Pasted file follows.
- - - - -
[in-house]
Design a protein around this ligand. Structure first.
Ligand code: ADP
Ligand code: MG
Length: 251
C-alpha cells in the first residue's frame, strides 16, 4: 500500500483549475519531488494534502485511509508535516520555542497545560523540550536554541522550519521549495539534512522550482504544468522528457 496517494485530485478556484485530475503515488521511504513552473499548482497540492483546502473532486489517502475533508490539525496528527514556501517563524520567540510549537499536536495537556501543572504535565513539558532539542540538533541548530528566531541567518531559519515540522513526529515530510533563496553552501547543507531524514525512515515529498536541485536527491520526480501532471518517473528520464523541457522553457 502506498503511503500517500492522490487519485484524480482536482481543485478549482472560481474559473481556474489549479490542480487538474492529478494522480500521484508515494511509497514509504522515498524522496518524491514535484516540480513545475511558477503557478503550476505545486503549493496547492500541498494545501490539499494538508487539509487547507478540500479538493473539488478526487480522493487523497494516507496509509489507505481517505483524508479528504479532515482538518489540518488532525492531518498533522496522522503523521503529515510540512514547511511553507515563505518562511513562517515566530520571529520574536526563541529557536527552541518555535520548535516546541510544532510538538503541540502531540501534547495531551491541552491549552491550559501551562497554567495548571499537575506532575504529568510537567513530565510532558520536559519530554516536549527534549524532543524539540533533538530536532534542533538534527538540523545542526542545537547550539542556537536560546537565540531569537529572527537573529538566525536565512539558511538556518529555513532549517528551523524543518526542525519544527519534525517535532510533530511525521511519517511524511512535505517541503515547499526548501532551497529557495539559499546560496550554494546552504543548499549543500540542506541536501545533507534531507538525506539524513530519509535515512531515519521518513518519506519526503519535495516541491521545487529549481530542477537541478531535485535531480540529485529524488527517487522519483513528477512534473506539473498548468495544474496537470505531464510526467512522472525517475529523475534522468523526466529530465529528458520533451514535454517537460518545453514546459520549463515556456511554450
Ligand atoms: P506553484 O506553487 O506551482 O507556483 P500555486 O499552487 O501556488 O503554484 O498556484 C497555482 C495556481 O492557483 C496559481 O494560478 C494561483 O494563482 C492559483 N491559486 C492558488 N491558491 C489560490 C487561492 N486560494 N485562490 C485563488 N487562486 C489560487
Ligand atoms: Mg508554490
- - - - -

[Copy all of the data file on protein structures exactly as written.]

[in-house]
Design a protein around this ligand. Structure first.
Ligand code: ADP
Ligand code: MG
Length: 251
C-alpha cells in the first residue's frame, strides 16, 4: 500500500483549475519531488494534502485511509508535516520555542497545560523540550536554541522550519521549495539534512522550482504544468522528457 496517494485530485478556484485530475503515488521511504513552473499548482497540492483546502473532486489517502475533508490539525496528527514556501517563524520567540510549537499536536495537556501543572504535565513539558532539542540538533541548530528566531541567518531559519515540522513526529515530510533563496553552501547543507531524514525512515515529498536541485536527491520526480501532471518517473528520464523541457522553457 502506498503511503500517500492522490487519485484524480482536482481543485478549482472560481474559473481556474489549479490542480487538474492529478494522480500521484508515494511509497514509504522515498524522496518524491514535484516540480513545475511558477503557478503550476505545486503549493496547492500541498494545501490539499494538508487539509487547507478540500479538493473539488478526487480522493487523497494516507496509509489507505481517505483524508479528504479532515482538518489540518488532525492531518498533522496522522503523521503529515510540512514547511511553507515563505518562511513562517515566530520571529520574536526563541529557536527552541518555535520548535516546541510544532510538538503541540502531540501534547495531551491541552491549552491550559501551562497554567495548571499537575506532575504529568510537567513530565510532558520536559519530554516536549527534549524532543524539540533533538530536532534542533538534527538540523545542526542545537547550539542556537536560546537565540531569537529572527537573529538566525536565512539558511538556518529555513532549517528551523524543518526542525519544527519534525517535532510533530511525521511519517511524511512535505517541503515547499526548501532551497529557495539559499546560496550554494546552504543548499549543500540542506541536501545533507534531507538525506539524513530519509535515512531515519521518513518519506519526503519535495516541491521545487529549481530542477537541478531535485535531480540529485529524488527517487522519483513528477512534473506539473498548468495544474496537470505531464510526467512522472525517475529523475534522468523526466529530465529528458520533451514535454517537460518545453514546459520549463515556456511554450
Ligand atoms: P506553484 O506553487 O506551482 O507556483 P500555486 O499552487 O501556488 O503554484 O498556484 C497555482 C495556481 O492557483 C496559481 O494560478 C494561483 O494563482 C492559483 N491559486 C492558488 N491558491 C489560490 C487561492 N486560494 N485562490 C485563488 N487562486 C489560487
Ligand atoms: Mg508554490